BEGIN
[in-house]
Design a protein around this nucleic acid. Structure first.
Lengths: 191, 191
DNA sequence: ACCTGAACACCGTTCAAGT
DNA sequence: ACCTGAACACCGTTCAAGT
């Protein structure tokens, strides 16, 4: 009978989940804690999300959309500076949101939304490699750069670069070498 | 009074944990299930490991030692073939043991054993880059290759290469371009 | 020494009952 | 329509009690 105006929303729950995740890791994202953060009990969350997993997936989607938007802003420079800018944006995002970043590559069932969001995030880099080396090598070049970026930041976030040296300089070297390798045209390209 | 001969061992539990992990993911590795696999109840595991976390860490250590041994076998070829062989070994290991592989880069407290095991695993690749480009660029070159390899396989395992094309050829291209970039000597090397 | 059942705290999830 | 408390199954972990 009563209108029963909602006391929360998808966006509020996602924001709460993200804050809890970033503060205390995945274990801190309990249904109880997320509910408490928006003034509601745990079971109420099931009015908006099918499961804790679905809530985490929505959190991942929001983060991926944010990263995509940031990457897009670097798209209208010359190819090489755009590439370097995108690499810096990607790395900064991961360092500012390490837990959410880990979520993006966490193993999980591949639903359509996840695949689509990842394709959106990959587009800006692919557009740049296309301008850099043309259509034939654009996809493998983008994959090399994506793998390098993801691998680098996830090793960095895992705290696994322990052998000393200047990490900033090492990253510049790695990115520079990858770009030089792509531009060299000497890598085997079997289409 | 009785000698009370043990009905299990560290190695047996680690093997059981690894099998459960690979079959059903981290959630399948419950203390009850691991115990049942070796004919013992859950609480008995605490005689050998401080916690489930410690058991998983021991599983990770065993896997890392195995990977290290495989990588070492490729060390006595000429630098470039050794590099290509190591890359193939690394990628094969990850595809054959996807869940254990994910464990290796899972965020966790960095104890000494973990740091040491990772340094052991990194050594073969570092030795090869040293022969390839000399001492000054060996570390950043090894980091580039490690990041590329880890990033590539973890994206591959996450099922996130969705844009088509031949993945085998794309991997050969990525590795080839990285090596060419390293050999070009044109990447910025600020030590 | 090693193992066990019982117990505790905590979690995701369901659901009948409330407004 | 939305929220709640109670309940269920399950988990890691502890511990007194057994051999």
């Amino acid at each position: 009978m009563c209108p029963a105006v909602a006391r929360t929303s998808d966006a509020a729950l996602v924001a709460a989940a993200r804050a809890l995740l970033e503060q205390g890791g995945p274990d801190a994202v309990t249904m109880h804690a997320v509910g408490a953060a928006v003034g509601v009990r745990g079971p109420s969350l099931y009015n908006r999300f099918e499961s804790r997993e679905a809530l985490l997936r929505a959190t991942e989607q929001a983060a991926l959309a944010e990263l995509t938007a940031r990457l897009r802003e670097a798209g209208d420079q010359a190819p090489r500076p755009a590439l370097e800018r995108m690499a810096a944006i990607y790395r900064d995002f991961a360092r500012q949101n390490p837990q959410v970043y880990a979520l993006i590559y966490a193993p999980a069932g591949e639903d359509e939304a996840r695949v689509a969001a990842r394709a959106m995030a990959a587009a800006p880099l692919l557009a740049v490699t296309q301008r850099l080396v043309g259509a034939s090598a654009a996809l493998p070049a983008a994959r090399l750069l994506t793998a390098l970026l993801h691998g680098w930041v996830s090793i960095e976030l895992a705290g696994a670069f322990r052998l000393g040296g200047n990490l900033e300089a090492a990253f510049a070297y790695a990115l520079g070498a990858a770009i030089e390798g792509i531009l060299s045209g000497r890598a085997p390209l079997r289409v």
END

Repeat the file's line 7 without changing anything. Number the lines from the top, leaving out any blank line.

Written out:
């Amino acid at each position: 009978m009563c209108p029963a105006v909602a006391r929360t929303s998808d966006a509020a729950l996602v924001a709460a989940a993200r804050a809890l995740l970033e503060q205390g890791g995945p274990d801190a994202v309990t249904m109880h804690a997320v509910g408490a953060a928006v003034g509601v009990r745990g079971p109420s969350l099931y009015n908006r999300f099918e499961s804790r997993e679905a809530l985490l997936r929505a959190t991942e989607q929001a983060a991926l959309a944010e990263l995509t938007a940031r990457l897009r802003e670097a798209g209208d420079q010359a190819p090489r500076p755009a590439l370097e800018r995108m690499a810096a944006i990607y790395r900064d995002f991961a360092r500012q949101n390490p837990q959410v970043y880990a979520l993006i590559y966490a193993p999980a069932g591949e639903d359509e939304a996840r695949v689509a969001a990842r394709a959106m995030a990959a587009a800006p880099l692919l557009a740049v490699t296309q301008r850099l080396v043309g259509a034939s090598a654009a996809l493998p070049a983008a994959r090399l750069l994506t793998a390098l970026l993801h691998g680098w930041v996830s090793i960095e976030l895992a705290g696994a670069f322990r052998l000393g040296g200047n990490l900033e300089a090492a990253f510049a070297y790695a990115l520079g070498a990858a770009i030089e390798g792509i531009l060299s045209g000497r890598a085997p390209l079997r289409v």